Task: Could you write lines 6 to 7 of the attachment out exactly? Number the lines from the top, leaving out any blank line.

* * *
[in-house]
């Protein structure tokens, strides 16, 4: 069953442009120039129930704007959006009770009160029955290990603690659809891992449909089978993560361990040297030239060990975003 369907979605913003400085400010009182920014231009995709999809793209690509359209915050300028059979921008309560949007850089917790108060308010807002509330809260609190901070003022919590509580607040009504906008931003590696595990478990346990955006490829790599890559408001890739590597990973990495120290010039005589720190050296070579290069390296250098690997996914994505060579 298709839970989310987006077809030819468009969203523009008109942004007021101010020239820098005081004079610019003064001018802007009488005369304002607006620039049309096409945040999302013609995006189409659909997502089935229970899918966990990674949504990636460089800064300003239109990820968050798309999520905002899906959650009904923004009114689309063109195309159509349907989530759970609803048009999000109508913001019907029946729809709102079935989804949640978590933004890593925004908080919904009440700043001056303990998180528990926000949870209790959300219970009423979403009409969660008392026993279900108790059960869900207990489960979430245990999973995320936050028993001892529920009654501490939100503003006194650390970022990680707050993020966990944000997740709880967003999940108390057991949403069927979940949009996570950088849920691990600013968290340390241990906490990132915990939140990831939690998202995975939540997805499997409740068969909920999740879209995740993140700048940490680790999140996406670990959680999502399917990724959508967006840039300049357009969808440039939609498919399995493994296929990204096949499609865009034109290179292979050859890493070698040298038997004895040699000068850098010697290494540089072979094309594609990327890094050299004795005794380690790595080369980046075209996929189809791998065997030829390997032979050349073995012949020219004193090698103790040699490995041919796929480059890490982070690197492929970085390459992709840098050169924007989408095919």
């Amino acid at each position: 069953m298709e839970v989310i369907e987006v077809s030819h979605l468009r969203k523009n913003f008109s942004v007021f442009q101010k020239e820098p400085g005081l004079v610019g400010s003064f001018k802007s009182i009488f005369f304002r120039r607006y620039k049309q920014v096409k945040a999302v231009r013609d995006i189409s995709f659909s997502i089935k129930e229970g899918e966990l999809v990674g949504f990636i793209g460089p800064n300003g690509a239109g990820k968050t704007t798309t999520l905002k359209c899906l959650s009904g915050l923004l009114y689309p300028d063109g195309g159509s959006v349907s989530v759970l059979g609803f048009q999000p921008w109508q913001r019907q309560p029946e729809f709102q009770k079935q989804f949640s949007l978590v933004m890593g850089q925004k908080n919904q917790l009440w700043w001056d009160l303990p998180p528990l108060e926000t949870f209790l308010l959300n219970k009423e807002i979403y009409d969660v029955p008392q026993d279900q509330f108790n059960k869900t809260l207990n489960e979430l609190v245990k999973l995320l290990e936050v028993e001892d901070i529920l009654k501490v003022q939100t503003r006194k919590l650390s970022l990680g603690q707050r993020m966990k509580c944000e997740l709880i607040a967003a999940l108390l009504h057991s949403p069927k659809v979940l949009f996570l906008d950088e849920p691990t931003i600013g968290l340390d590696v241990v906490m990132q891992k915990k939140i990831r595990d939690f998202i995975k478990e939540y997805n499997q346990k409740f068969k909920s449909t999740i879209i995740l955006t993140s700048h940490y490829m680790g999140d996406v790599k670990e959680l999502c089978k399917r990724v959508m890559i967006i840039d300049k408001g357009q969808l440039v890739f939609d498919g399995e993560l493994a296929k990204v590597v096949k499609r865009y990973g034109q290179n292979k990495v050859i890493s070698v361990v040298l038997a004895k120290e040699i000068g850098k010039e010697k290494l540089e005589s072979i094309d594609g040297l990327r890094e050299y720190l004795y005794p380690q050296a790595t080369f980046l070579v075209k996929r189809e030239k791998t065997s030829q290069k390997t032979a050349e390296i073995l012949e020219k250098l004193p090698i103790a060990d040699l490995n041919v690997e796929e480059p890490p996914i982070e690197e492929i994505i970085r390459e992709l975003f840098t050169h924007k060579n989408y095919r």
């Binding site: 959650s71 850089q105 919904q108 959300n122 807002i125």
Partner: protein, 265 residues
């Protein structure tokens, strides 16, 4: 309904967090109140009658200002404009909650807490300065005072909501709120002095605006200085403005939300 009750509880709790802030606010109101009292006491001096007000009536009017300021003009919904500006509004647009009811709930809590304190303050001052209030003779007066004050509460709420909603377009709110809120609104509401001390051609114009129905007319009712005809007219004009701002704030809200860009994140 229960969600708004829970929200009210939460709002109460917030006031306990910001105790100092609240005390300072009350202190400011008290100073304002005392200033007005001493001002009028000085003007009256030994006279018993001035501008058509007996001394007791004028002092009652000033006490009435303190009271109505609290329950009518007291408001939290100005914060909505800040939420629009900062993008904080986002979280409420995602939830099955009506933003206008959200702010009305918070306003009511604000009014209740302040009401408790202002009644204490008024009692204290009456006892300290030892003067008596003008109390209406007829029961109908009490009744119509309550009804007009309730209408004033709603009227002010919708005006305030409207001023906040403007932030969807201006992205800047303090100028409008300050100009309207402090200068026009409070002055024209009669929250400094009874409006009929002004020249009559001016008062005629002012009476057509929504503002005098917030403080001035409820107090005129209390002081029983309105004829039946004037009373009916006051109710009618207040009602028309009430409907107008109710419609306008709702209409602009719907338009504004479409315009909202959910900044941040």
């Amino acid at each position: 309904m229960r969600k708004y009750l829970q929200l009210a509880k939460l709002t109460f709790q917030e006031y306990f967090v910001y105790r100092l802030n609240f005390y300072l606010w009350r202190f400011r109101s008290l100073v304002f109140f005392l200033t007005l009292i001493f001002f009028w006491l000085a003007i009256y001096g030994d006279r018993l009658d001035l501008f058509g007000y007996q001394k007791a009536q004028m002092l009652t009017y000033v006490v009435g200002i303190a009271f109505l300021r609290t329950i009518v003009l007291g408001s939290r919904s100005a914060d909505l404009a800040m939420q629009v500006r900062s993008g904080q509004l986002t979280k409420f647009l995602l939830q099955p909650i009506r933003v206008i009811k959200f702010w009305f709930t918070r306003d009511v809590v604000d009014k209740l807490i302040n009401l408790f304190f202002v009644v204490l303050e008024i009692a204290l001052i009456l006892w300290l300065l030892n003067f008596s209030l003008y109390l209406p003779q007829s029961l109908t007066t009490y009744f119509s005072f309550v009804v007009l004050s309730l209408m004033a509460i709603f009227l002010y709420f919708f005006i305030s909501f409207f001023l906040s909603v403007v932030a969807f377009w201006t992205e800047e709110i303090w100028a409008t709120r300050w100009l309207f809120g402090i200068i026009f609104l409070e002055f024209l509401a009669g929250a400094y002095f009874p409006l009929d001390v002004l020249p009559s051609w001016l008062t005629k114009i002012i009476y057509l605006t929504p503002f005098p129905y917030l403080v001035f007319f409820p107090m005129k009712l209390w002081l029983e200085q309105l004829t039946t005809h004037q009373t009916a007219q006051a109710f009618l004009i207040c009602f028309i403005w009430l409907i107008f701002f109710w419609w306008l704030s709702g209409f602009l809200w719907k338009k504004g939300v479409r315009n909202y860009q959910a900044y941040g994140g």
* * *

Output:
């Protein structure tokens, strides 16, 4: 309904967090109140009658200002404009909650807490300065005072909501709120002095605006200085403005939300 009750509880709790802030606010109101009292006491001096007000009536009017300021003009919904500006509004647009009811709930809590304190303050001052209030003779007066004050509460709420909603377009709110809120609104509401001390051609114009129905007319009712005809007219004009701002704030809200860009994140 229960969600708004829970929200009210939460709002109460917030006031306990910001105790100092609240005390300072009350202190400011008290100073304002005392200033007005001493001002009028000085003007009256030994006279018993001035501008058509007996001394007791004028002092009652000033006490009435303190009271109505609290329950009518007291408001939290100005914060909505800040939420629009900062993008904080986002979280409420995602939830099955009506933003206008959200702010009305918070306003009511604000009014209740302040009401408790202002009644204490008024009692204290009456006892300290030892003067008596003008109390209406007829029961109908009490009744119509309550009804007009309730209408004033709603009227002010919708005006305030409207001023906040403007932030969807201006992205800047303090100028409008300050100009309207402090200068026009409070002055024209009669929250400094009874409006009929002004020249009559001016008062005629002012009476057509929504503002005098917030403080001035409820107090005129209390002081029983309105004829039946004037009373009916006051109710009618207040009602028309009430409907107008109710419609306008709702209409602009719907338009504004479409315009909202959910900044941040």
């Amino acid at each position: 309904m229960r969600k708004y009750l829970q929200l009210a509880k939460l709002t109460f709790q917030e006031y306990f967090v910001y105790r100092l802030n609240f005390y300072l606010w009350r202190f400011r109101s008290l100073v304002f109140f005392l200033t007005l009292i001493f001002f009028w006491l000085a003007i009256y001096g030994d006279r018993l009658d001035l501008f058509g007000y007996q001394k007791a009536q004028m002092l009652t009017y000033v006490v009435g200002i303190a009271f109505l300021r609290t329950i009518v003009l007291g408001s939290r919904s100005a914060d909505l404009a800040m939420q629009v500006r900062s993008g904080q509004l986002t979280k409420f647009l995602l939830q099955p909650i009506r933003v206008i009811k959200f702010w009305f709930t918070r306003d009511v809590v604000d009014k209740l807490i302040n009401l408790f304190f202002v009644v204490l303050e008024i009692a204290l001052i009456l006892w300290l300065l030892n003067f008596s209030l003008y109390l209406p003779q007829s029961l109908t007066t009490y009744f119509s005072f309550v009804v007009l004050s309730l209408m004033a509460i709603f009227l002010y709420f919708f005006i305030s909501f409207f001023l906040s909603v403007v932030a969807f377009w201006t992205e800047e709110i303090w100028a409008t709120r300050w100009l309207f809120g402090i200068i026009f609104l409070e002055f024209l509401a009669g929250a400094y002095f009874p409006l009929d001390v002004l020249p009559s051609w001016l008062t005629k114009i002012i009476y057509l605006t929504p503002f005098p129905y917030l403080v001035f007319f409820p107090m005129k009712l209390w002081l029983e200085q309105l004829t039946t005809h004037q009373t009916a007219q006051a109710f009618l004009i207040c009602f028309i403005w009430l409907i107008f701002f109710w419609w306008l704030s709702g209409f602009l809200w719907k338009k504004g939300v479409r315009n909202y860009q959910a900044y941040g994140g």